Phillip Alvelda

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Dr. Phillip Alvelda, is the CEO and Chairman of Brainworks Foundry, Inc., a U.S. based developer of AI-enhanced healthcare technologies and services. Prior to Brainworks, Dr. Alvelda was a Program Manager at the Defense Advanced Research Projects Agency [DARPA] Biological Technologies Office where he developed and ran national scale R&D programs and technologies at the intersection of engineering and biology.

Prior to DARPA, Dr. Alvelda was the founding CEO of MobiTV, which launched the world’s first live television service over mobile networks, for which he was awarded an Emmy by the Academy of Motion Pictures, selected by Fast Company as the US’s 15th most influential high-tech entrepreneur, and has received numerous other industry awards for innovation and market leadership. He is a regular invited speaker at science, technology, and education industry events, including the World Economic Forum where he was chosen as a “Technology Pioneer” in 2007.

Prior to MobiTV, Dr. Alvelda founded The MicroDisplay Corporation, a manufacturer of miniature displays for low cost HDTVs and VR headsets. Prior to MicroDisplay, Dr. Alvelda was a developer of spacecraft hardware and new neural computing architectures at NASA’s Jet Propulsion Laboratory where he designed and built sensors that flew on the Space Shuttle as well as the Galileo and Magellan interplanetary spacecraft. Dr. Alvelda holds over 30 patents and patents-pending on a wide range of technologies, a technical Emmy Award, a Bachelor’s degree in Physics from Cornell University, and Masters and PhD degrees in Computer Science and Electrical Engineering from MIT.

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New Covid “Super Strain” is a Game-Changer for Schools and More

Article | Jan 8, 2021

Expert warns that without more robust abatement measures and testing, the virus could rage until mid-2022.

INET research showing countries that prioritized health policies fared better economically is cross posted in Le Monde

News Dec 15, 2020

Three American researchers, crossing the figures for growth and mortality due to the Covid-19 pandemic from many countries, conclude that containment is effective, provided it is accompanied by strong public subsidies.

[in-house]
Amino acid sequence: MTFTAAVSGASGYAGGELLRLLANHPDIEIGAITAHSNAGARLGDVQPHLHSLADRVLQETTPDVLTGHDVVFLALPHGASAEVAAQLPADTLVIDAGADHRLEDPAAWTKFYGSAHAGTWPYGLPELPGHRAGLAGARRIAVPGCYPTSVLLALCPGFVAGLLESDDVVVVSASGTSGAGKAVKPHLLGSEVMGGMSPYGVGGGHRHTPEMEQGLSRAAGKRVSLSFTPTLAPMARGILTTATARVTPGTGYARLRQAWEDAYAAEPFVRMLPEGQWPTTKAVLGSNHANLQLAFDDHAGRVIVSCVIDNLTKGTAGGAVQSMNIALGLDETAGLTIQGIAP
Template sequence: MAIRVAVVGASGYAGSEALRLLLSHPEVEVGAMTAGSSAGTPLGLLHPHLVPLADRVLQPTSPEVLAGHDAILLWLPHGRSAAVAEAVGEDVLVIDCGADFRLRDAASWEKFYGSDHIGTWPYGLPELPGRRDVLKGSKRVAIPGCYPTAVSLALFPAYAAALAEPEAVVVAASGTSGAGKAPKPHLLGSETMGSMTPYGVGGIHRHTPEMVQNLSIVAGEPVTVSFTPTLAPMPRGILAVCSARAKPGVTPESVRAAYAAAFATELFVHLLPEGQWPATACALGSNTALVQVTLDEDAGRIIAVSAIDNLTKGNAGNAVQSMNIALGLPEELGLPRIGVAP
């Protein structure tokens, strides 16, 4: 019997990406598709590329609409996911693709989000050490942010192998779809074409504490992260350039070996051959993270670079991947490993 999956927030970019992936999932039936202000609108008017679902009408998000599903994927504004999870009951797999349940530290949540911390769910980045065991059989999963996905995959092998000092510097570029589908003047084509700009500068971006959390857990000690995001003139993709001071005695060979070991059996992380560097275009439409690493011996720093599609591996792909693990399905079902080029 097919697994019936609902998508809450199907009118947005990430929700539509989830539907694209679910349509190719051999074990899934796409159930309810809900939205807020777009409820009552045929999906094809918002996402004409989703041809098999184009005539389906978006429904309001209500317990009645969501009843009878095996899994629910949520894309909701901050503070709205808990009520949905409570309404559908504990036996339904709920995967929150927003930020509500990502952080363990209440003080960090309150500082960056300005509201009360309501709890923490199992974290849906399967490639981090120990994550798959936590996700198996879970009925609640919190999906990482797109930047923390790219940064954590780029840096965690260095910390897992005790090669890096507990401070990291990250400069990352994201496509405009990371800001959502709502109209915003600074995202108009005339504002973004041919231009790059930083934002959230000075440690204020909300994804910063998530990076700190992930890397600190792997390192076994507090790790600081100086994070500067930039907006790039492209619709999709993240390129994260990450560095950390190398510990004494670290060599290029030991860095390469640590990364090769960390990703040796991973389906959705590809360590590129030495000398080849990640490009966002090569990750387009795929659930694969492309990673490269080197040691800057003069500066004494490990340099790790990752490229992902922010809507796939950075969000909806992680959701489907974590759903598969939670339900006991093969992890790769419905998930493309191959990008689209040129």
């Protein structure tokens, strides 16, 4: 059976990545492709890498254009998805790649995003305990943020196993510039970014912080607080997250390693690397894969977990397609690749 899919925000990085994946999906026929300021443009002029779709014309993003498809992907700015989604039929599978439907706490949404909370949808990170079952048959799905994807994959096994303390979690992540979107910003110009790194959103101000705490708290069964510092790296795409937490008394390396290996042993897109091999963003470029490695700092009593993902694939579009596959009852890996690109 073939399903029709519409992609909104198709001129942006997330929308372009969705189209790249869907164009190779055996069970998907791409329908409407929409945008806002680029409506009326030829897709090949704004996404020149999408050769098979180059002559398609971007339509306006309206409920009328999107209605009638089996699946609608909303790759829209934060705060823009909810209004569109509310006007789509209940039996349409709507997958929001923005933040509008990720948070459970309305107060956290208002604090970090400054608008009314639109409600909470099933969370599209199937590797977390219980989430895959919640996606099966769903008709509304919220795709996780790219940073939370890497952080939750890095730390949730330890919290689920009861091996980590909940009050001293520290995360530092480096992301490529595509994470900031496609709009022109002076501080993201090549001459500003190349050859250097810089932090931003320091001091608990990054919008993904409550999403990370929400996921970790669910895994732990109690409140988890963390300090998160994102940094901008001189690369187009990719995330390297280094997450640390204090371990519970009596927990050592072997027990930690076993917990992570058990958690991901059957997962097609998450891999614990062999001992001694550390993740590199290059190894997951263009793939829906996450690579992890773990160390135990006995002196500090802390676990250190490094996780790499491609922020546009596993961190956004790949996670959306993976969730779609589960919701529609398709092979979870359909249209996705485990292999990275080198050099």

Thomas Fricke has an article in Der Spiegel citing an INET study showing that prioritizing health in the pandemic has led to better economic outcomes

News Dec 7, 2020

“Calculations by Phillip Alvelda, Thomas Ferguson and John Mallery, which have just been published by the Institute for New Economic Thinking, suggest how scary the choice between life and business is in the corona crisis . A comparison of all possible countries and strategies over the past year then gave a fairly clear picture: Those who consistently aimed to stop the epidemic through hard lockdowns have significantly fewer deaths - even if they initially suffered greater economic damage; while it is with countries like the UK it was exactly the opposite, which initially hesitated with the lockdown and raised all the more money to avoid economic damage. With the fatal result that precisely because of this, the second wave became all the more violent - and economic output collapsed in the end. Conclusion of the study: The more negligent governments allow the pandemic to work in order not to harm the economy, the more the economic costs will pile up over time and ever new waves. Almost no matter how hard these rulers and central bankers try to counter it with economic stimulus programs. The damn virus finds activity between people (also economic) pretty good.” — Thomas Fricke

INET study is cited in the Socialist Worker

News Dec 7, 2020

“Rich economies have more resources to spare to prioritise saving lives. And Wolf reproduces the Institute for New Economic Thinking’s now famous chart that refutes the idea there is a “trade-off” between saving the economy and saving lives. On the whole, those states that prioritised saving lives also lost less economic output. China is the standout case. But it isn’t just about how rich an economy is. The same chart shows that the states that suffered the biggest losses of lives and output include Italy, Britain, Spain, and France. The US and Belgium aren’t far behind.” —Alex Callinicos